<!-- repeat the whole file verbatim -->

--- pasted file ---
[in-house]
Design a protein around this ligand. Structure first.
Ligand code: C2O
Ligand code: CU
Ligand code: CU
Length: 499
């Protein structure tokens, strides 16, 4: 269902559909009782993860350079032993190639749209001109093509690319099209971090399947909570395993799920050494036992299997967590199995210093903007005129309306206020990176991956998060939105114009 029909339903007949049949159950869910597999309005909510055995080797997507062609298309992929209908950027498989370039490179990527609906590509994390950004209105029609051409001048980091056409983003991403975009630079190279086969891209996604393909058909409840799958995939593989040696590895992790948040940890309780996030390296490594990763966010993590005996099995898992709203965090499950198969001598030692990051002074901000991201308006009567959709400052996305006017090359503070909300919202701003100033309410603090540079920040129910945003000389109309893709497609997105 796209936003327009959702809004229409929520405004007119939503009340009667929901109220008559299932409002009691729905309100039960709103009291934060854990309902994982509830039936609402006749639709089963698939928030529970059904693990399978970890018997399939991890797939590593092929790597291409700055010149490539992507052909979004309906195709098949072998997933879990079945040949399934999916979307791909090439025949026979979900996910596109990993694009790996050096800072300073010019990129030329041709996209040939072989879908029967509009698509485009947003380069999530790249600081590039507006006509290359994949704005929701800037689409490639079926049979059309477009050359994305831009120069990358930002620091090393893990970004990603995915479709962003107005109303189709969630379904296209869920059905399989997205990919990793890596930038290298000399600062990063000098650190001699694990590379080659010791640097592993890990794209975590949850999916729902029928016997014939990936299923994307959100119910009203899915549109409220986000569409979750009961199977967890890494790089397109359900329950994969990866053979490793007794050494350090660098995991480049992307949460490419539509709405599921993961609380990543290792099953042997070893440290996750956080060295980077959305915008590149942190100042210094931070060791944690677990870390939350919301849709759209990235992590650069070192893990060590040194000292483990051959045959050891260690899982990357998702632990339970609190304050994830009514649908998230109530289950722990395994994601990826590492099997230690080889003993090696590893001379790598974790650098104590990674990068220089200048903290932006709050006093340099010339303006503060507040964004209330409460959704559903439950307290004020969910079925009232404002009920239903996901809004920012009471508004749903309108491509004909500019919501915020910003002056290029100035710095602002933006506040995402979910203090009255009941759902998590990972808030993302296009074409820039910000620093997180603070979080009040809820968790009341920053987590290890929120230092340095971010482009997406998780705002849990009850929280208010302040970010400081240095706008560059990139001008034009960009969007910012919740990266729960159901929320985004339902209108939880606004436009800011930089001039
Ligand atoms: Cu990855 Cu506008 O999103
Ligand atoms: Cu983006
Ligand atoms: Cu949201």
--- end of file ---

[in-house]
Design a protein around this ligand. Structure first.
Ligand code: C2O
Ligand code: CU
Ligand code: CU
Length: 499
């Protein structure tokens, strides 16, 4: 269902559909009782993860350079032993190639749209001109093509690319099209971090399947909570395993799920050494036992299997967590199995210093903007005129309306206020990176991956998060939105114009 029909339903007949049949159950869910597999309005909510055995080797997507062609298309992929209908950027498989370039490179990527609906590509994390950004209105029609051409001048980091056409983003991403975009630079190279086969891209996604393909058909409840799958995939593989040696590895992790948040940890309780996030390296490594990763966010993590005996099995898992709203965090499950198969001598030692990051002074901000991201308006009567959709400052996305006017090359503070909300919202701003100033309410603090540079920040129910945003000389109309893709497609997105 796209936003327009959702809004229409929520405004007119939503009340009667929901109220008559299932409002009691729905309100039960709103009291934060854990309902994982509830039936609402006749639709089963698939928030529970059904693990399978970890018997399939991890797939590593092929790597291409700055010149490539992507052909979004309906195709098949072998997933879990079945040949399934999916979307791909090439025949026979979900996910596109990993694009790996050096800072300073010019990129030329041709996209040939072989879908029967509009698509485009947003380069999530790249600081590039507006006509290359994949704005929701800037689409490639079926049979059309477009050359994305831009120069990358930002620091090393893990970004990603995915479709962003107005109303189709969630379904296209869920059905399989997205990919990793890596930038290298000399600062990063000098650190001699694990590379080659010791640097592993890990794209975590949850999916729902029928016997014939990936299923994307959100119910009203899915549109409220986000569409979750009961199977967890890494790089397109359900329950994969990866053979490793007794050494350090660098995991480049992307949460490419539509709405599921993961609380990543290792099953042997070893440290996750956080060295980077959305915008590149942190100042210094931070060791944690677990870390939350919301849709759209990235992590650069070192893990060590040194000292483990051959045959050891260690899982990357998702632990339970609190304050994830009514649908998230109530289950722990395994994601990826590492099997230690080889003993090696590893001379790598974790650098104590990674990068220089200048903290932006709050006093340099010339303006503060507040964004209330409460959704559903439950307290004020969910079925009232404002009920239903996901809004920012009471508004749903309108491509004909500019919501915020910003002056290029100035710095602002933006506040995402979910203090009255009941759902998590990972808030993302296009074409820039910000620093997180603070979080009040809820968790009341920053987590290890929120230092340095971010482009997406998780705002849990009850929280208010302040970010400081240095706008560059990139001008034009960009969007910012919740990266729960159901929320985004339902209108939880606004436009800011930089001039
Ligand atoms: Cu990855 Cu506008 O999103
Ligand atoms: Cu983006
Ligand atoms: Cu949201």